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Discussion Starter · #1 ·
I was noticing the pine trees here in Central South Carolina are going to be releasing their pollen really soon. Being new at beekeeping...do our honey bees utilize pine pollen, too? Or are they very selective and shun pine pollen?

Thinking deeper...maybe answering my own question...pines may not be fertilized by bees, (pines are like corn...in that the wind blows the pollen and therefore fertilizes the nearby trees/plants??), so bees know to stay away from pines since there is no nectar...????
 

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I was noticing the pine trees here in Central South Carolina are going to be releasing their pollen really soon. Being new at beekeeping...do our honey bees utilize pine pollen, too? Or are they very selective and shun pine pollen?

Thinking deeper...maybe answering my own question...pines may not be fertilized by bees, (pines are like corn...in that the wind blows the pollen and therefore fertilizes the nearby trees/plants??), so bees know to stay away from pines since there is no nectar...????
Pine pollen, I don't think so but they sure love to harvest the sap and gum up the hive with it.
 

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Some plants/trees may produce an abundance of pollen, but the pollen may be of poor quality, whereas others may produce very little but high quality pollen.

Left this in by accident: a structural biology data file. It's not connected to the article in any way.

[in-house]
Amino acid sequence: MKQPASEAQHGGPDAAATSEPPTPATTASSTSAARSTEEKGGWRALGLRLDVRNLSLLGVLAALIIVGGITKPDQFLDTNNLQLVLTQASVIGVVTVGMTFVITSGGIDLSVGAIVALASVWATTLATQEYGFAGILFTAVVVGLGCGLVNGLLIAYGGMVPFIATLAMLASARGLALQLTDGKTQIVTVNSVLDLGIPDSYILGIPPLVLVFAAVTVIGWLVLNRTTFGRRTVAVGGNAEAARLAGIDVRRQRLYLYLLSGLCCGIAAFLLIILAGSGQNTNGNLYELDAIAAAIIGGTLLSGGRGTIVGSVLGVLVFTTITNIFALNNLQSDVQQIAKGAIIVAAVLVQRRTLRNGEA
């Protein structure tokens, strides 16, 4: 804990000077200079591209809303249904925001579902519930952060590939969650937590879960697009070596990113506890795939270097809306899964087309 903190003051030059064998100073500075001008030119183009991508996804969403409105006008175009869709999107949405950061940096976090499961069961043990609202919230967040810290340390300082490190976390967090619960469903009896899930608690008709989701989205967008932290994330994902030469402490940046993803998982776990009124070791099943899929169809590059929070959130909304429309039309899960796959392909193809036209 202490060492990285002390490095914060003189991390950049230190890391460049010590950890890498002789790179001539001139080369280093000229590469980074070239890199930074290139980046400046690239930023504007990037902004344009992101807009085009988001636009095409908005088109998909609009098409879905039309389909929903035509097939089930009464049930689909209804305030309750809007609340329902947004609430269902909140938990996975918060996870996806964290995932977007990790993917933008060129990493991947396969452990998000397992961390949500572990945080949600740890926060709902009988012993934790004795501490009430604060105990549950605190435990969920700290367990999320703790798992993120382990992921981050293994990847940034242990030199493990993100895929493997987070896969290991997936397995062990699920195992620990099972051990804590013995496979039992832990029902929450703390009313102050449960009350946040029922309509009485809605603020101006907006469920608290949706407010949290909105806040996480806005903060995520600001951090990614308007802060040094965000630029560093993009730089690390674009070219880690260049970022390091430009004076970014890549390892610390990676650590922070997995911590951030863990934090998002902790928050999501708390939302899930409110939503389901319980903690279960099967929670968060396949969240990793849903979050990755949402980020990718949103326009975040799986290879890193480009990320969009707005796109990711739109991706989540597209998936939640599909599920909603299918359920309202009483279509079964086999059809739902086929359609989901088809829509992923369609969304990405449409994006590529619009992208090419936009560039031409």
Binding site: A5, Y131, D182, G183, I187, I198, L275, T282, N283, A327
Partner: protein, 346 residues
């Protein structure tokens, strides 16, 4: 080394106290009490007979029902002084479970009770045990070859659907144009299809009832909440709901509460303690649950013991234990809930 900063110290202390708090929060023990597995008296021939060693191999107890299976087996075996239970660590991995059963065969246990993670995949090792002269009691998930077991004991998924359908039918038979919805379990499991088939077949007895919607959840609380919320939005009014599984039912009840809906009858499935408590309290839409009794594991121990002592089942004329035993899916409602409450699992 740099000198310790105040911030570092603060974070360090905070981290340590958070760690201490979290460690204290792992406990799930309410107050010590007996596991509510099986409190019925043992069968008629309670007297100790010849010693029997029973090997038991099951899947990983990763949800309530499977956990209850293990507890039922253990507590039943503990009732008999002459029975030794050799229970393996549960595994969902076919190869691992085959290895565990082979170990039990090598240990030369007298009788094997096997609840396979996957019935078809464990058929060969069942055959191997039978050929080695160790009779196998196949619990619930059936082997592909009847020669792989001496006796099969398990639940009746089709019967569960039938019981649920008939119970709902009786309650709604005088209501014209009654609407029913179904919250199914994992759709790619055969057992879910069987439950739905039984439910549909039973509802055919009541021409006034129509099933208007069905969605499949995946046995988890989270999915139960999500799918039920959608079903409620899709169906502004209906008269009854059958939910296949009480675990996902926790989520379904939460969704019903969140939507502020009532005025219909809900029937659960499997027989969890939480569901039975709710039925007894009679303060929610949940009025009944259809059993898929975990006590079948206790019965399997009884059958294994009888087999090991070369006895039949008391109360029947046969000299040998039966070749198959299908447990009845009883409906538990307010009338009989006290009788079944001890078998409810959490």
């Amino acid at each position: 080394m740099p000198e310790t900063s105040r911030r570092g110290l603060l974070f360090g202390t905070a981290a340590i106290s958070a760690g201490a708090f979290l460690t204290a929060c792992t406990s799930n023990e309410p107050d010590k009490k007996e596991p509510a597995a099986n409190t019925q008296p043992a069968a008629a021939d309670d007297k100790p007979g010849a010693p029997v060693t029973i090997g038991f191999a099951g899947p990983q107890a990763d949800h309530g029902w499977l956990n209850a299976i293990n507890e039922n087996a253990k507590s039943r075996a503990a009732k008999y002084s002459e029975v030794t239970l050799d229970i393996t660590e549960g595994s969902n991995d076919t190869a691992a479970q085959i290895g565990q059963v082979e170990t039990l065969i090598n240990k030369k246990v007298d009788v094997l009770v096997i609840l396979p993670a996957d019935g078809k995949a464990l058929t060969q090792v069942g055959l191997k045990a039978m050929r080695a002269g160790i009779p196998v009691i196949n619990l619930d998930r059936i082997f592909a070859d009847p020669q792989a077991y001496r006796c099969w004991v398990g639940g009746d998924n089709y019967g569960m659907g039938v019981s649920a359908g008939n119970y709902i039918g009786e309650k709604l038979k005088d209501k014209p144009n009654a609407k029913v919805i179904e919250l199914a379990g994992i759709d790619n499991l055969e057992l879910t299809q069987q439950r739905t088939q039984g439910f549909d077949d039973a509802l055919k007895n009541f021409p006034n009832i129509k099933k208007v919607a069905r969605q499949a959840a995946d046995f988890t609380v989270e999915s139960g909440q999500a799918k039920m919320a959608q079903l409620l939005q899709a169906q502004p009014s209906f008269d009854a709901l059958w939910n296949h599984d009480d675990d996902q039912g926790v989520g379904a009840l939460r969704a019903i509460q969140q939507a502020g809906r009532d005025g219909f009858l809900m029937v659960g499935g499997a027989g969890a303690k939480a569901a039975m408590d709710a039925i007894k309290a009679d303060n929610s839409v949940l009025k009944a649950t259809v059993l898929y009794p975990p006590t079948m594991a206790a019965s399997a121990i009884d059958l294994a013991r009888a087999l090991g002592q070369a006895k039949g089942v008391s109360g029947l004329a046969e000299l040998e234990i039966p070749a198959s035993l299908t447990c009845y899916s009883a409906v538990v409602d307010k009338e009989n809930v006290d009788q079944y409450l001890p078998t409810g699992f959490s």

Plants with relatively high crude protein values include canola (Brassica napus – 23%) and almond (Prunus dulcis – 26%), while plants with lower crude protein levels include raspberry/blackberry (Rubus spp. – 19%), willow (Salix spp. – 17%), sunflower (Helianthus annuus – 16%), and pine (Pinus spp. – 7%).

The minimum level of protein required for honey bees has been estimated to be between 20%-25% crude protein. Pollens with protein levels in this range are more useful to colonies and allow them to meet their protein requirements readily.

Pine trees produce copious amounts of protein-poor pollen but typically are not visited by honey bees for pollen.
The most common thing that bees use from pine trees is sap for propolis.

Additionally, plants that produce large amounts of nectar do not always also provide pollen for bees. When considering the nutritional requirements of honey bees, it is important to remember "variety, variety, variety". No single pollen meets all the nutritional needs of a colony so a variety of pollens from different plant sources will help ensure that these needs are met.
Just like humans, bees need well-rounded diets.
 

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Discussion Starter · #4 ·
Thank you...that's very interesting! I did not realize, (or thought about), pollen having different food values depending on the plant. It makes a lot of sense, now. I will never look at pollen in the same light again...
 
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